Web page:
From whence he cameby Iain Sharp
Albert Wendt’s memoir Out of the Vaipe is a rich, rewarding and revealing read.
When I was university student in the 1970s, taking philosophy, the topic that most excited me and my classmates was “the existence of God”. A petulant mob of born-again atheists, we were all too willing to voice our grudges against the churches in which we were raised, but our lecturer had no patience for our adolescent tosh. Shifting the focus from “God” to “existence”, he set our minds reeling with talk of the reality of shadows, dreams and fancies. He made us think about what it meant to exist in the imagination.
Albert Wendt muses in a similarly unsettling philosophical vein in his new memoir, beginning with the epigraph, a quote from his 1991 novel Ola: “All is real, whether borrowed or created or dreamed, or mixed together with facts, fictions, strange sauces and herbs and condiments in quantities peculiar to each mixer, dreamer, cook, creator. We are all the possibilities of every creator.”
What matters in a life, particularly a writer’s life? Stories heard, books read and movies seen might be as significant as events experienced. Novelists and poets spend much of their time inhabiting fictional realms of their own devising. Thus one of Wendt’s strategies in Out of the Vaipe is to point to key passages from his earlier works.
He raises the thorny issue of reliability. “Don’t trust me, be suspicious,” he warns. “I’m deliberately leaving out most of the story – it’s none of your business, and I don’t want to hurt the people I love.”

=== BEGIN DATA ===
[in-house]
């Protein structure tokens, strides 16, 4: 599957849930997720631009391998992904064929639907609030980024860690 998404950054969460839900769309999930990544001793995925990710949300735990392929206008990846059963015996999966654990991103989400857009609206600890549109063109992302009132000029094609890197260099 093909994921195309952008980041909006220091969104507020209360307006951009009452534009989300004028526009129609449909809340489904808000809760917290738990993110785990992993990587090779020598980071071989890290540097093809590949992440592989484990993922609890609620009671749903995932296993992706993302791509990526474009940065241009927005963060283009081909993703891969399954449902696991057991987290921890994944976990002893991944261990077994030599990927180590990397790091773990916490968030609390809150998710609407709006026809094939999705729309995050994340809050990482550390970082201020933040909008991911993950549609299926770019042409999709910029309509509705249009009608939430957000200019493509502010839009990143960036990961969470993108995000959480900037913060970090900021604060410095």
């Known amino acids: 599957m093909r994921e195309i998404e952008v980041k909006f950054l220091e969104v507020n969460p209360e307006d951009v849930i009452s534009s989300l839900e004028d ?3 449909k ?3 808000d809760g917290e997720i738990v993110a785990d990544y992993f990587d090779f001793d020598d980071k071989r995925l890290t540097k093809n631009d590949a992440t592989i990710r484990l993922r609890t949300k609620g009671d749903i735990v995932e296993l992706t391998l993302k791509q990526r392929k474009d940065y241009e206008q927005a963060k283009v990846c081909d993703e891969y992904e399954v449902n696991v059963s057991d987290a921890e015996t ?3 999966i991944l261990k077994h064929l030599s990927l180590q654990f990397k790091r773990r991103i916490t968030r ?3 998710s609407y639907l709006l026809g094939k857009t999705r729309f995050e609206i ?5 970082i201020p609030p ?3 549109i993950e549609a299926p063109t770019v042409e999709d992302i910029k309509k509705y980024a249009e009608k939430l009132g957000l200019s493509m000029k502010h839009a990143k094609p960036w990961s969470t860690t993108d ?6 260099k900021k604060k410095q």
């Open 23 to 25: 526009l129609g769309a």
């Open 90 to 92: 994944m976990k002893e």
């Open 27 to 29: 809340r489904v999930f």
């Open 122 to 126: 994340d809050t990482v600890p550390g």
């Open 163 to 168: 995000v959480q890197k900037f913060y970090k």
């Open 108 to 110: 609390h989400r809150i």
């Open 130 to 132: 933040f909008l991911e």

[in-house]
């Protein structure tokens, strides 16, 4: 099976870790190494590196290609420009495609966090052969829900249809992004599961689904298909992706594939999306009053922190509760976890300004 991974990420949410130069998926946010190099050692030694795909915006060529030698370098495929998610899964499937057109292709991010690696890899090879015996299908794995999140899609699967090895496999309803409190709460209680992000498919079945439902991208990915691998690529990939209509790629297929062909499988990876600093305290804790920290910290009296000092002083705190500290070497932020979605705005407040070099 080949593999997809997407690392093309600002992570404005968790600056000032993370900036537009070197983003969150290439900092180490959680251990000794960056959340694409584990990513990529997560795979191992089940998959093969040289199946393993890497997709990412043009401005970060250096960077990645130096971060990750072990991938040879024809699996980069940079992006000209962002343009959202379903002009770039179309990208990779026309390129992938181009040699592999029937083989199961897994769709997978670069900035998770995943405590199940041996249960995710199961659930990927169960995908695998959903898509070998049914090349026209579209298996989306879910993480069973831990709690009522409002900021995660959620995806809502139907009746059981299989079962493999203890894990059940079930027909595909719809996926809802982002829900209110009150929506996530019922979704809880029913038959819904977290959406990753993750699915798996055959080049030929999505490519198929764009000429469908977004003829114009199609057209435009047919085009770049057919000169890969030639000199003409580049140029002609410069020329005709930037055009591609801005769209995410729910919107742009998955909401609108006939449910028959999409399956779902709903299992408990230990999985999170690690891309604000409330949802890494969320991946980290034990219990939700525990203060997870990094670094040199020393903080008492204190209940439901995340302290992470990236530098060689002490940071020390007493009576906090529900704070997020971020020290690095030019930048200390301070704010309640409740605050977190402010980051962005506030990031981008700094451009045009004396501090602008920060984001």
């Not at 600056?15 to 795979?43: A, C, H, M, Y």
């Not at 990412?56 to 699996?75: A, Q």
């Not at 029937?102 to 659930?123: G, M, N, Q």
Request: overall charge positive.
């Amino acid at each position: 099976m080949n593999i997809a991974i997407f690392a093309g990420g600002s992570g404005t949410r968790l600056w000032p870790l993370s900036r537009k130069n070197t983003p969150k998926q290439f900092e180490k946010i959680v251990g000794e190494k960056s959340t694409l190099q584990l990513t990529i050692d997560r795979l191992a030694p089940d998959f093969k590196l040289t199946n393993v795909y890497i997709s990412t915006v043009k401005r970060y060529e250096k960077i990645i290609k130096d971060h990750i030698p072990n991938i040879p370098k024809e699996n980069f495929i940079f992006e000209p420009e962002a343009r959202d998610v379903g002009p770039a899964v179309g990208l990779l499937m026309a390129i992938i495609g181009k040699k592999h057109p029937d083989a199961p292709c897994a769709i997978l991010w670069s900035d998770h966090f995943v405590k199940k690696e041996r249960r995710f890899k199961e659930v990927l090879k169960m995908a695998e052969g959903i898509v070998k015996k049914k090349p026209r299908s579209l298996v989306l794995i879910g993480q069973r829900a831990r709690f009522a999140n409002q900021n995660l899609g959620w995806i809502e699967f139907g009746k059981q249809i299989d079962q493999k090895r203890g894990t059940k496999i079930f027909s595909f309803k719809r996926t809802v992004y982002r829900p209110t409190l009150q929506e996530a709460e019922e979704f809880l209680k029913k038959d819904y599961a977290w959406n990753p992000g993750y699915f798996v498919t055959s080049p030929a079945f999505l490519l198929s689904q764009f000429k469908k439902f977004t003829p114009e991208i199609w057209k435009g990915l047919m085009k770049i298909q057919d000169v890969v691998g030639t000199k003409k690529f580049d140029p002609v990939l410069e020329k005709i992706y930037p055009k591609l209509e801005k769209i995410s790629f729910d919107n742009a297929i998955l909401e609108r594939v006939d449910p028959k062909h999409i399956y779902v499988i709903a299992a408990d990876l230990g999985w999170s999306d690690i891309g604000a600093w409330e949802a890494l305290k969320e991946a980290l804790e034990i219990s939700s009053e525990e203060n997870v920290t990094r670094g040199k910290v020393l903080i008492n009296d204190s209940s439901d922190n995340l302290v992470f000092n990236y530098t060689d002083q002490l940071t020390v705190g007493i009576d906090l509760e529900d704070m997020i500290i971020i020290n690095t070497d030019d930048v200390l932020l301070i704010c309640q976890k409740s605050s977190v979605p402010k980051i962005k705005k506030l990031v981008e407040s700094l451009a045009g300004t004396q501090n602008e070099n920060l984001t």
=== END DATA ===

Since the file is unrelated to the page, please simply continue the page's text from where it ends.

Don’t fret, however. Out of the Vaipe still manages to be a reader-friendly and revealing book. Wendt’s policy throughout – a wise one worth contemplating if you plan to write a memoir – is to scrutinise his own shortcomings with ruthless candour while turning a kindly eye on everyone else he names. And the story-telling impulse runs too deep in Wendt’s make-up for him to leave us floundering amid philosophical abstractions for long.
The main narrative is a vivid account of how, as a bright but shy 13-year-old, Wendt won a scholarship that took him from his home in Apia’s Vaipe district to a New Plymouth boarding school. He struggled, first with seasickness during the voyage, then with devastating homesickness. While he was still there, his much-loved mother died of cancer.
He is eloquent on the contradictions of the divided self, gazing outwards from the rifts in his own thinking to the split thinking of all Samoans and, by extension, all migrants in an increasingly mobile world.
God comes into this, of course. As not just a scholar but a tribal leader, Wendt recognises the importance of uncovering ancient Samoan beliefs. The dense overlay of Christianity since colonial times does not make this easy. Wendt is a rationalist sceptic frightened by the obliterating end of consciousness. Yet he is also the son of “a lay preacher and influential deacon in our church”. As well as the intellectual arguments, there is the emotional weight of family loyalties – fa‘alavelave, in Samoan, the things that entangle you.
All the book-length essays in the BWB Texts series are worth examining. Out of the Vaipe is one of the richest and most rewarding.
OUT OF THE VAIPE, THE DEADWATER: A WRITER'S EARLY LIFE, by Albert Wendt (Bridget Williams Books, $14.99).
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